August 6, 2017
The Sundays of Ordinary Time sequence is interrupted today to make room for an important feast of the Lord, the Transfiguration.
It is a special occurrence in the earthly journey of Jesus, Who, broadly speaking, had a very ordinary life and death, much in tune with the human experience of any person. The extraordinary incidents – the miracles, for example – were not so many, were not conclusive. They were not what made His life extraordinary.
Extraordinary was the fact that, behind and within that normal man’s life, the entire mystery of God’s life lay hidden; in that normal man’s life was the reality of God’s life. A life made of small things, all ordinary, all very normal.
There was therefore an aspect of Him that everyone saw; and another that could be grasped only by those who looked with eyes of faith, by those who realized that within that normal life there was something more, something above and beyond.
We find an echo of this mystery in the many questions about Him disseminated in the Gospel: Who is He? Where does He come from? If He’s “only” the carpenter’s son, how can He ever do such things?
Today’s feast rises as a veil on this everyday man, and reveals the depth, the beauty, the brightness of His being God, Son of the Father.
Today, everything about Him becomes visible and accessible: what was already commonly seen (His body, His gaze; His words…), and what usually was not seen, that is, His glory. It is as if, for a moment, His body was unable to hide all His truth, His being in dialogue constantly with the Father, His coming from the Father and His return to Him.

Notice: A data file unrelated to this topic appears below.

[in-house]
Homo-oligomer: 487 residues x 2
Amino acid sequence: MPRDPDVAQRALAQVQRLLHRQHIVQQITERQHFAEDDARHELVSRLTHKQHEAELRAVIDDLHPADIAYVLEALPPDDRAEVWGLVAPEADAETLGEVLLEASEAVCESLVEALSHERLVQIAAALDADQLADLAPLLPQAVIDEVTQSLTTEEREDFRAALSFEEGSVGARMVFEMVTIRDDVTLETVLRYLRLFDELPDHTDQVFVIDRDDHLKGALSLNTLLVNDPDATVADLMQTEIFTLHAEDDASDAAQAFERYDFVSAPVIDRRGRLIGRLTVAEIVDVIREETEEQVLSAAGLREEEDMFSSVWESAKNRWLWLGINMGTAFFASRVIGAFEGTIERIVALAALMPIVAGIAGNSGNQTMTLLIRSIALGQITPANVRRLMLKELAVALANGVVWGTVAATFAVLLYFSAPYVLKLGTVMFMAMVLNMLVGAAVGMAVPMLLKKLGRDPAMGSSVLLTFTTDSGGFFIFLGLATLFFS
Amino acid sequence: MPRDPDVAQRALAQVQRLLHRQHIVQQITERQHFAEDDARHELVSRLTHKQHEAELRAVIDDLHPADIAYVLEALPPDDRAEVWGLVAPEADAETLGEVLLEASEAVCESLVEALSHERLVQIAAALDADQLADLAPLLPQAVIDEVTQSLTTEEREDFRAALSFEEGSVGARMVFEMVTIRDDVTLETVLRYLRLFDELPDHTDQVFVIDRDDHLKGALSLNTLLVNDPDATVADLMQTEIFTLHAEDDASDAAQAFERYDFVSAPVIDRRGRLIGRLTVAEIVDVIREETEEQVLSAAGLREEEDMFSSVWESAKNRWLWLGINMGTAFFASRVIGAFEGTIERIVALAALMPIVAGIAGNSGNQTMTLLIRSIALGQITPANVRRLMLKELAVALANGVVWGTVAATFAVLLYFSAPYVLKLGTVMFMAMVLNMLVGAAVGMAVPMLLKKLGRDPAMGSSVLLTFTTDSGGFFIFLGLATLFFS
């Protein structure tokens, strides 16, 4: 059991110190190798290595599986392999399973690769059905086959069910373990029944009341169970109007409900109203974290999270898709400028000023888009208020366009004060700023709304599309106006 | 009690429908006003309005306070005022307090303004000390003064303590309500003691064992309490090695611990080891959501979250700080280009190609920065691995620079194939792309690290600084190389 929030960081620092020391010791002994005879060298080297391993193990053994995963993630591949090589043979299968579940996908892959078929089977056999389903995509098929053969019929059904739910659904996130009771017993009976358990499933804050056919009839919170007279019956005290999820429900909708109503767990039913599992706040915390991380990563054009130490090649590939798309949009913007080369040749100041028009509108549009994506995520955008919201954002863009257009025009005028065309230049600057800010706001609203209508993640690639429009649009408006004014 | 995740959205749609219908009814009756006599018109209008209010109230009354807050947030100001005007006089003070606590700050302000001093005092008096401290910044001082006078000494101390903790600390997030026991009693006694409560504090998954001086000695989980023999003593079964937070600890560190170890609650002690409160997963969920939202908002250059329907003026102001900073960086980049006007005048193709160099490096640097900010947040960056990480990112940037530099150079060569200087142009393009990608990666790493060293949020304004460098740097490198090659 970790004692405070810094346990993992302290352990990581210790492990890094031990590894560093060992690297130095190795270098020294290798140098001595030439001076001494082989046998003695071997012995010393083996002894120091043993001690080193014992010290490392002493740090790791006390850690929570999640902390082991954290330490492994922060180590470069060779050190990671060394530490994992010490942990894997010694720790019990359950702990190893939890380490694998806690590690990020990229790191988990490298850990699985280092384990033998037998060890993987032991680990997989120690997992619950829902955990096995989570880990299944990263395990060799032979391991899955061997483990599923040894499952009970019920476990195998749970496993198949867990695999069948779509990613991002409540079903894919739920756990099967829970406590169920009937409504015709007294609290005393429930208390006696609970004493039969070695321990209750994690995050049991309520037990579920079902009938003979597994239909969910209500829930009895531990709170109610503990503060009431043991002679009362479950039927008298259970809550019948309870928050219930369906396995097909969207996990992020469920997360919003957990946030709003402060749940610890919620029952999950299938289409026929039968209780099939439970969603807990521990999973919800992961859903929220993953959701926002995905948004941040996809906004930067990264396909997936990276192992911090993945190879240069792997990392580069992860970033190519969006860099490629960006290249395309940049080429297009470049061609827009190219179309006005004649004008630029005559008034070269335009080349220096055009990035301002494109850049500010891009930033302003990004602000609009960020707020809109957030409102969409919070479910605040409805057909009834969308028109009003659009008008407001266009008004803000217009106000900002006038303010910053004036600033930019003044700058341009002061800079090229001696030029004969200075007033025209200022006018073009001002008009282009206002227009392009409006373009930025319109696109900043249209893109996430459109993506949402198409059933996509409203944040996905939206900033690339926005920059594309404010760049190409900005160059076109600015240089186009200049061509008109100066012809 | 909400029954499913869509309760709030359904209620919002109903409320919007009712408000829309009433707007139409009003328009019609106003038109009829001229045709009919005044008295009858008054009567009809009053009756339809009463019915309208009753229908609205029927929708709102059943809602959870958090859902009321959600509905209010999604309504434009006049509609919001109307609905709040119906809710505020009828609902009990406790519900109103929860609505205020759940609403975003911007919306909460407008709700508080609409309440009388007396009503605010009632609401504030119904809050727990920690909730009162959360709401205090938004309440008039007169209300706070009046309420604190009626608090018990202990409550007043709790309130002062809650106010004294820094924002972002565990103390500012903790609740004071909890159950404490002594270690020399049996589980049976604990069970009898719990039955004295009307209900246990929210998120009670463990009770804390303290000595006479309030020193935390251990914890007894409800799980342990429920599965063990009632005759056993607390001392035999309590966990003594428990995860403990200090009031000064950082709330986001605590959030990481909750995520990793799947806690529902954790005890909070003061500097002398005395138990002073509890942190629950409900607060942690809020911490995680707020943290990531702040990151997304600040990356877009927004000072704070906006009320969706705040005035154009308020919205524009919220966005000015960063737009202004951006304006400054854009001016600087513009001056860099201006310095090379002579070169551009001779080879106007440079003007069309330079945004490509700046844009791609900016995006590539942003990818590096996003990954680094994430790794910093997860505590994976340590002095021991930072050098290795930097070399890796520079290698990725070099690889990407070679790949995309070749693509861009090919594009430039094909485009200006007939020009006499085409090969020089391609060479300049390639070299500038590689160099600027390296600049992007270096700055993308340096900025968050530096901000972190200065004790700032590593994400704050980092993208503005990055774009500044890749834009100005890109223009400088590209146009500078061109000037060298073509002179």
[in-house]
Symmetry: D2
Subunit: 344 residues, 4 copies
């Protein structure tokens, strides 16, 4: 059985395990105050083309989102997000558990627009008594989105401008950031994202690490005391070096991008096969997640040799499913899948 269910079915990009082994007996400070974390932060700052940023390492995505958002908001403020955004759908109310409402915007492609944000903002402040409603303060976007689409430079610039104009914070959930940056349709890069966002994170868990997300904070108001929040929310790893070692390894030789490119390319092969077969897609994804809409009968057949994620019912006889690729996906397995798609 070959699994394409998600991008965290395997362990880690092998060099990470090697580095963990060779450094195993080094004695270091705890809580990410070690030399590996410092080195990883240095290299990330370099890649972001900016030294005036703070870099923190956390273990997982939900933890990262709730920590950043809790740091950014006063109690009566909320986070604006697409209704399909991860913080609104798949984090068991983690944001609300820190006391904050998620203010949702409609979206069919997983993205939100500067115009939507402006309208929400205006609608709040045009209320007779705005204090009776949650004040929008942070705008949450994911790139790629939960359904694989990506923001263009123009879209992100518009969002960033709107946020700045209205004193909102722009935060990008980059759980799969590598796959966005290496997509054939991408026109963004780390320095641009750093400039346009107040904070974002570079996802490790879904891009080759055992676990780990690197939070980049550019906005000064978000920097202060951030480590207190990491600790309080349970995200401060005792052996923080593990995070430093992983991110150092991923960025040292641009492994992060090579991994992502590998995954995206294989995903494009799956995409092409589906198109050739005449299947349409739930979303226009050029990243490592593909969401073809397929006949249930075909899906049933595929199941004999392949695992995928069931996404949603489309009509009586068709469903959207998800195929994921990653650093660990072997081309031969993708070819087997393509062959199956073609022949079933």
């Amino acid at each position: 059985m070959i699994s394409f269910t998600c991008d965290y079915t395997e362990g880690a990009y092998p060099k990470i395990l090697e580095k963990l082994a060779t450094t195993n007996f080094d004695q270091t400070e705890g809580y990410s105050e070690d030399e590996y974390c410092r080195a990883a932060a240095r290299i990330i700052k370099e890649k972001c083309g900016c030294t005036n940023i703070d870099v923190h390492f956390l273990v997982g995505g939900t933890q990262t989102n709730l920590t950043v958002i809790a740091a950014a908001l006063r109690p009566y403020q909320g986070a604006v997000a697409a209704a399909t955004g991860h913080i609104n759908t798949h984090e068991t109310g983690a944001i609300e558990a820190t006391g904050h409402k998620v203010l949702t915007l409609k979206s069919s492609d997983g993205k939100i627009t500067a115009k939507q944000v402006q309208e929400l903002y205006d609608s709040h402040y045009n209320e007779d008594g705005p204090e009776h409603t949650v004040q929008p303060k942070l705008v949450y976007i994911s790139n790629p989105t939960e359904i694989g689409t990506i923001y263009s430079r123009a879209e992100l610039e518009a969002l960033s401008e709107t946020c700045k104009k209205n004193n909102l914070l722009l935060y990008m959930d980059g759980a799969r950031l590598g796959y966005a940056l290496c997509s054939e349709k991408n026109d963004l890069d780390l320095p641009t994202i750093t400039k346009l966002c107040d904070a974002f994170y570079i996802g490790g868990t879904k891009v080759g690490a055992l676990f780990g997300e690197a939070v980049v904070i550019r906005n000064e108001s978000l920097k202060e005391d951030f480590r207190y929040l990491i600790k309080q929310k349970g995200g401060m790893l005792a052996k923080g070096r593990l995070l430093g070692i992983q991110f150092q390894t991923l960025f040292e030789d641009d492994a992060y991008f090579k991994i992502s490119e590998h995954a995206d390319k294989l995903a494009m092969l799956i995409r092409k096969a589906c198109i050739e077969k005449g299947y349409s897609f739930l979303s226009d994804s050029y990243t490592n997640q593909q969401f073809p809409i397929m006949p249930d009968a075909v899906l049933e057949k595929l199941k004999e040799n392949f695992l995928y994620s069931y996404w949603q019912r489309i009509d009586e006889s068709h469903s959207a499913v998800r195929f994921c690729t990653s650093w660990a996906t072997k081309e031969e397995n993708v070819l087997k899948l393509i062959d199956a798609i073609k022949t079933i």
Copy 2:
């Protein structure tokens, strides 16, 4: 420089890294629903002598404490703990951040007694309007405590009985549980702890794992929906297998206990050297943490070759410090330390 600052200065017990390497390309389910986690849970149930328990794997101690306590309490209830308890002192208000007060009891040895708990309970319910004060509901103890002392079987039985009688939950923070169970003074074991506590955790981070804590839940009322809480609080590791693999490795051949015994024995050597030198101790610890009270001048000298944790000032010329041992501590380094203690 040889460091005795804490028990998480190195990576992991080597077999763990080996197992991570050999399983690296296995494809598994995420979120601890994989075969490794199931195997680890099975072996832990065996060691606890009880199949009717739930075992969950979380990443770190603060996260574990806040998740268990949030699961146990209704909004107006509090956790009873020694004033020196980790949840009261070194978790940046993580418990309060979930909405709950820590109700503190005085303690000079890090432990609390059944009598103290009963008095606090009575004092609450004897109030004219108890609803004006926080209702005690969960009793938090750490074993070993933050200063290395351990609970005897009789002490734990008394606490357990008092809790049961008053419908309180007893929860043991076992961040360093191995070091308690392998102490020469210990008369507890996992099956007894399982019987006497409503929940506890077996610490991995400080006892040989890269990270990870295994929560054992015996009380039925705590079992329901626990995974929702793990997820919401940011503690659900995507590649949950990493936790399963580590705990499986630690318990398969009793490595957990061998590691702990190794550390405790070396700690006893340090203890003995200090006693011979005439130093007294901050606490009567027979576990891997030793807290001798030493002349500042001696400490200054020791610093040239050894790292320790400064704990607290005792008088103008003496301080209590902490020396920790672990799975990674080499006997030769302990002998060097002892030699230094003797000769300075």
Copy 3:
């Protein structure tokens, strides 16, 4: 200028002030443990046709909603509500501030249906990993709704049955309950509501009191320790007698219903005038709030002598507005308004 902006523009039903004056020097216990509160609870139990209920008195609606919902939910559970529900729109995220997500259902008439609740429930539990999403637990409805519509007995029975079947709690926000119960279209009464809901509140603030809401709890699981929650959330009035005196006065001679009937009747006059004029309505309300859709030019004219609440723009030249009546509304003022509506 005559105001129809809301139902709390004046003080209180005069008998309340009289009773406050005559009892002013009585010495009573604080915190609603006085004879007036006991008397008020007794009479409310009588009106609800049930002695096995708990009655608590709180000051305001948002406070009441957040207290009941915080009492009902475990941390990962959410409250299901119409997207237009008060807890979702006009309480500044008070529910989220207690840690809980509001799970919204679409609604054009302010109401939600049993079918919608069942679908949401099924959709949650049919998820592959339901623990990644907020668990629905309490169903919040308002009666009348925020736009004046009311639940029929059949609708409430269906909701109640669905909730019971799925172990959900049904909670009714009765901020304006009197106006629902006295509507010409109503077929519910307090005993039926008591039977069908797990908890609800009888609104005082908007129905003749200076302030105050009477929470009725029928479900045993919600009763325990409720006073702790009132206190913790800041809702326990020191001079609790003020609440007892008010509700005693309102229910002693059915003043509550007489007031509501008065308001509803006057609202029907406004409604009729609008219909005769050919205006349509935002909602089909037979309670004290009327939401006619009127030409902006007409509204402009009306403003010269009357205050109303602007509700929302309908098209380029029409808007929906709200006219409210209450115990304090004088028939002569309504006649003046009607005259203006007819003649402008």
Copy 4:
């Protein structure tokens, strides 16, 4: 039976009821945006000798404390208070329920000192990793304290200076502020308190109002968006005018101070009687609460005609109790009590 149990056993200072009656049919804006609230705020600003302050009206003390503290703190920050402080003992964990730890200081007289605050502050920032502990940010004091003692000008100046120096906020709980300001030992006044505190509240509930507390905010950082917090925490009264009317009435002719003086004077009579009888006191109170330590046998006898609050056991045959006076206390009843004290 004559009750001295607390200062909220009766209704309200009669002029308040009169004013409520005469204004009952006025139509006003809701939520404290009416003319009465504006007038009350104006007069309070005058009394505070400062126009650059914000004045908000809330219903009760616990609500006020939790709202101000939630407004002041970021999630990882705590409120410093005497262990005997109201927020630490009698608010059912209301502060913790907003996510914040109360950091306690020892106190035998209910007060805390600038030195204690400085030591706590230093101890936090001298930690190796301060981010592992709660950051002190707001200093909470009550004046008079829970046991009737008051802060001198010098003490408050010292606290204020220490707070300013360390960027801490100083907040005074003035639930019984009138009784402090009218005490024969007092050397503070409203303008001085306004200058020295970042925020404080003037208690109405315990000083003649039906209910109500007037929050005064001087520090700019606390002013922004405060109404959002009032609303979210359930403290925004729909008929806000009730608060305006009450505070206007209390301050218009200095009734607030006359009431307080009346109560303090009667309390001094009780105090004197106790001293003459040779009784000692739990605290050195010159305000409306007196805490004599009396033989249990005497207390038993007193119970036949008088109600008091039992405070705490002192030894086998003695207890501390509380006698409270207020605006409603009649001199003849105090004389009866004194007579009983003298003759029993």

And so, for a moment, we contemplate Him in the fullness of His mystery, we see Him in His being beyond time, in dialogue with the fathers and the prophets of His people.
And so, for a moment, we also contemplate the fullness of our own mystery; because also in us there is something immediately visible, and also something that goes beyond, and that is much beyond; there is a divine seed that dwells there, which normally is hidden under the semblances of life.
When is it revealed?
In Jesus this mystery is fully revealed in the Paschal Mystery: in today’s Gospel there is a strong bond with the Paschal event, and it is not a coincidence that the context where all the evangelists place the occurrence of the Transfiguration is that of the announcements that Jesus begins to make of the terrible passion that awaits Him.
This can have a double meaning: it is an invitation, from the Lord to not fear days of suffering and death, and to keep the mystery of the cross united with that of glory. But not only! Perhaps it also means that it is really and only in the mystery of death on the cross, in the mystery of His loving self-donation that the Transfiguration is possible, because really there the intimate heart of God is revealed, His true being.
It is a paradoxical self-revelation, possible only to the penetrating gaze of the believer.
But, how is this gaze formed in us?
The Father gives the answer: “Listen to Him!” (Mt. 17:5): it is only listening to the Scriptures that makes seeing in truth and depth possible, beyond what seems. And it is only the hearing of the Scriptures that one can see, at the same time, the humanity and the divinity, the eternal and the everyday.
Man, alone, cannot help but divide these two spaces, and be afraid.
Those who listen, and engage in dialogue, see the ultimate truth of all things, what it is the love with which the Father loves the Son: “This is my beloved Son” (Mt. 17:5). And whoever listens sees that in Him also we all are sons and beloved.